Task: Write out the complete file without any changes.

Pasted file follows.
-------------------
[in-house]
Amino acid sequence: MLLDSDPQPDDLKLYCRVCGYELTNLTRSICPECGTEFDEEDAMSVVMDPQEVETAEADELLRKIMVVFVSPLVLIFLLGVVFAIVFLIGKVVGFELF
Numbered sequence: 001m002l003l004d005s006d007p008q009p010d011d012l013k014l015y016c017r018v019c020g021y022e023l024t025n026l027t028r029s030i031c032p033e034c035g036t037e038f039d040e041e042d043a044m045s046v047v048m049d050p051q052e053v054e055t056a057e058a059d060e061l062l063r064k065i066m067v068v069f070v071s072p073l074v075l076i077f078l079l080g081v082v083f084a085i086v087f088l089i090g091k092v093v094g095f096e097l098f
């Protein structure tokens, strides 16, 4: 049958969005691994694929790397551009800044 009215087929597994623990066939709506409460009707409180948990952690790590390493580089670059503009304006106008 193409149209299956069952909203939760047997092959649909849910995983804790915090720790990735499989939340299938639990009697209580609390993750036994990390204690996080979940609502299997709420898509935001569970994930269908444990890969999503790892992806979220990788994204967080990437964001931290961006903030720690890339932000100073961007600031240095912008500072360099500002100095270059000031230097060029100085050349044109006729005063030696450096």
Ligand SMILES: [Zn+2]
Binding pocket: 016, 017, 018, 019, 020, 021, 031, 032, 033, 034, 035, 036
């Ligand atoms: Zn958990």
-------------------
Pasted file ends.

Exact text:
[in-house]
Amino acid sequence: MLLDSDPQPDDLKLYCRVCGYELTNLTRSICPECGTEFDEEDAMSVVMDPQEVETAEADELLRKIMVVFVSPLVLIFLLGVVFAIVFLIGKVVGFELF
Numbered sequence: 001m002l003l004d005s006d007p008q009p010d011d012l013k014l015y016c017r018v019c020g021y022e023l024t025n026l027t028r029s030i031c032p033e034c035g036t037e038f039d040e041e042d043a044m045s046v047v048m049d050p051q052e053v054e055t056a057e058a059d060e061l062l063r064k065i066m067v068v069f070v071s072p073l074v075l076i077f078l079l080g081v082v083f084a085i086v087f088l089i090g091k092v093v094g095f096e097l098f
């Protein structure tokens, strides 16, 4: 049958969005691994694929790397551009800044 009215087929597994623990066939709506409460009707409180948990952690790590390493580089670059503009304006106008 193409149209299956069952909203939760047997092959649909849910995983804790915090720790990735499989939340299938639990009697209580609390993750036994990390204690996080979940609502299997709420898509935001569970994930269908444990890969999503790892992806979220990788994204967080990437964001931290961006903030720690890339932000100073961007600031240095912008500072360099500002100095270059000031230097060029100085050349044109006729005063030696450096």
Ligand SMILES: [Zn+2]
Binding pocket: 016, 017, 018, 019, 020, 021, 031, 032, 033, 034, 035, 036
């Ligand atoms: Zn958990």